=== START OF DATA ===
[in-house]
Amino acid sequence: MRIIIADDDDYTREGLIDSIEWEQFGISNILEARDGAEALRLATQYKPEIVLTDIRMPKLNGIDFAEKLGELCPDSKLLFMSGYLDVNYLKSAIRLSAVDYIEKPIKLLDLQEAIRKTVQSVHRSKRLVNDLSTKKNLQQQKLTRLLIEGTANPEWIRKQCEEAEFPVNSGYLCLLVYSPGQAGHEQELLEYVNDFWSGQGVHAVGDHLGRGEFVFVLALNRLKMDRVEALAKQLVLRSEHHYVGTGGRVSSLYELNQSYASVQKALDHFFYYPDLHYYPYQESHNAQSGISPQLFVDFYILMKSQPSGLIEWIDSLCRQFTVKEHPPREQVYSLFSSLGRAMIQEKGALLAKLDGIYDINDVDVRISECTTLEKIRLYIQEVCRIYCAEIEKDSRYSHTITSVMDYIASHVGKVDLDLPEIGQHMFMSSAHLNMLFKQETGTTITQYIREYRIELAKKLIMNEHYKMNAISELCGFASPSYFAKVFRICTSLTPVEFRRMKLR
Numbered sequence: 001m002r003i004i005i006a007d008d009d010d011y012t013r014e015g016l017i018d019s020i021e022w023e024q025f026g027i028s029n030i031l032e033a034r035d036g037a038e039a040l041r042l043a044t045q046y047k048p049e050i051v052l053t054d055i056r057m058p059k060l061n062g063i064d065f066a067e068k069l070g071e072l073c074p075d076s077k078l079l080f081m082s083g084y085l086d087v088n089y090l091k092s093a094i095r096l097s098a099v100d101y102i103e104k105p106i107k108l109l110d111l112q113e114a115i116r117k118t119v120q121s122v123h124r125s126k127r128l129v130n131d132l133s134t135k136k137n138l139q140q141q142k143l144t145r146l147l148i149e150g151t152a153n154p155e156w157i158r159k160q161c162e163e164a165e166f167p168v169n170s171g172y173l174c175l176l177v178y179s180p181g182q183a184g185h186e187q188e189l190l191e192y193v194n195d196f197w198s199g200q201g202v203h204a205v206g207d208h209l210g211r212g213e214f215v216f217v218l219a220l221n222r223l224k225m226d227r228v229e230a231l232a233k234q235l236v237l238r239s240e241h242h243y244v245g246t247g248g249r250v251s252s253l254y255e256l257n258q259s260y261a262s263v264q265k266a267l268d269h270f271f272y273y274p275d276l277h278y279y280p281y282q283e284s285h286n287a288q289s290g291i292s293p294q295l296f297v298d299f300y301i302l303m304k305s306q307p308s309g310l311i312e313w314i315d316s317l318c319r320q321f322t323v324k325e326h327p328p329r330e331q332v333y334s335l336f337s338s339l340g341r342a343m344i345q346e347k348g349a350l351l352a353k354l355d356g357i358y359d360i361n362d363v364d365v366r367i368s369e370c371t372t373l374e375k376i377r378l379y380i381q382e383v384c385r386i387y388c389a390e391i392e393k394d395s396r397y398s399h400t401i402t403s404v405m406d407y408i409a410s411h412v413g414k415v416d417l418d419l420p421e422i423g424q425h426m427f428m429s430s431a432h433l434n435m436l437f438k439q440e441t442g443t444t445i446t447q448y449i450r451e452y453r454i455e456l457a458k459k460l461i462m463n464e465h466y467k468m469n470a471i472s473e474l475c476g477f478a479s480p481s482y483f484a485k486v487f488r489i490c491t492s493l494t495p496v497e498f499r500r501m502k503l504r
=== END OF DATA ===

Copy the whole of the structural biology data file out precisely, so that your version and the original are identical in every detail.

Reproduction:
[in-house]
Amino acid sequence: MRIIIADDDDYTREGLIDSIEWEQFGISNILEARDGAEALRLATQYKPEIVLTDIRMPKLNGIDFAEKLGELCPDSKLLFMSGYLDVNYLKSAIRLSAVDYIEKPIKLLDLQEAIRKTVQSVHRSKRLVNDLSTKKNLQQQKLTRLLIEGTANPEWIRKQCEEAEFPVNSGYLCLLVYSPGQAGHEQELLEYVNDFWSGQGVHAVGDHLGRGEFVFVLALNRLKMDRVEALAKQLVLRSEHHYVGTGGRVSSLYELNQSYASVQKALDHFFYYPDLHYYPYQESHNAQSGISPQLFVDFYILMKSQPSGLIEWIDSLCRQFTVKEHPPREQVYSLFSSLGRAMIQEKGALLAKLDGIYDINDVDVRISECTTLEKIRLYIQEVCRIYCAEIEKDSRYSHTITSVMDYIASHVGKVDLDLPEIGQHMFMSSAHLNMLFKQETGTTITQYIREYRIELAKKLIMNEHYKMNAISELCGFASPSYFAKVFRICTSLTPVEFRRMKLR
Numbered sequence: 001m002r003i004i005i006a007d008d009d010d011y012t013r014e015g016l017i018d019s020i021e022w023e024q025f026g027i028s029n030i031l032e033a034r035d036g037a038e039a040l041r042l043a044t045q046y047k048p049e050i051v052l053t054d055i056r057m058p059k060l061n062g063i064d065f066a067e068k069l070g071e072l073c074p075d076s077k078l079l080f081m082s083g084y085l086d087v088n089y090l091k092s093a094i095r096l097s098a099v100d101y102i103e104k105p106i107k108l109l110d111l112q113e114a115i116r117k118t119v120q121s122v123h124r125s126k127r128l129v130n131d132l133s134t135k136k137n138l139q140q141q142k143l144t145r146l147l148i149e150g151t152a153n154p155e156w157i158r159k160q161c162e163e164a165e166f167p168v169n170s171g172y173l174c175l176l177v178y179s180p181g182q183a184g185h186e187q188e189l190l191e192y193v194n195d196f197w198s199g200q201g202v203h204a205v206g207d208h209l210g211r212g213e214f215v216f217v218l219a220l221n222r223l224k225m226d227r228v229e230a231l232a233k234q235l236v237l238r239s240e241h242h243y244v245g246t247g248g249r250v251s252s253l254y255e256l257n258q259s260y261a262s263v264q265k266a267l268d269h270f271f272y273y274p275d276l277h278y279y280p281y282q283e284s285h286n287a288q289s290g291i292s293p294q295l296f297v298d299f300y301i302l303m304k305s306q307p308s309g310l311i312e313w314i315d316s317l318c319r320q321f322t323v324k325e326h327p328p329r330e331q332v333y334s335l336f337s338s339l340g341r342a343m344i345q346e347k348g349a350l351l352a353k354l355d356g357i358y359d360i361n362d363v364d365v366r367i368s369e370c371t372t373l374e375k376i377r378l379y380i381q382e383v384c385r386i387y388c389a390e391i392e393k394d395s396r397y398s399h400t401i402t403s404v405m406d407y408i409a410s411h412v413g414k415v416d417l418d419l420p421e422i423g424q425h426m427f428m429s430s431a432h433l434n435m436l437f438k439q440e441t442g443t444t445i446t447q448y449i450r451e452y453r454i455e456l457a458k459k460l461i462m463n464e465h466y467k468m469n470a471i472s473e474l475c476g477f478a479s480p481s482y483f484a485k486v487f488r489i490c491t492s493l494t495p496v497e498f499r500r501m502k503l504r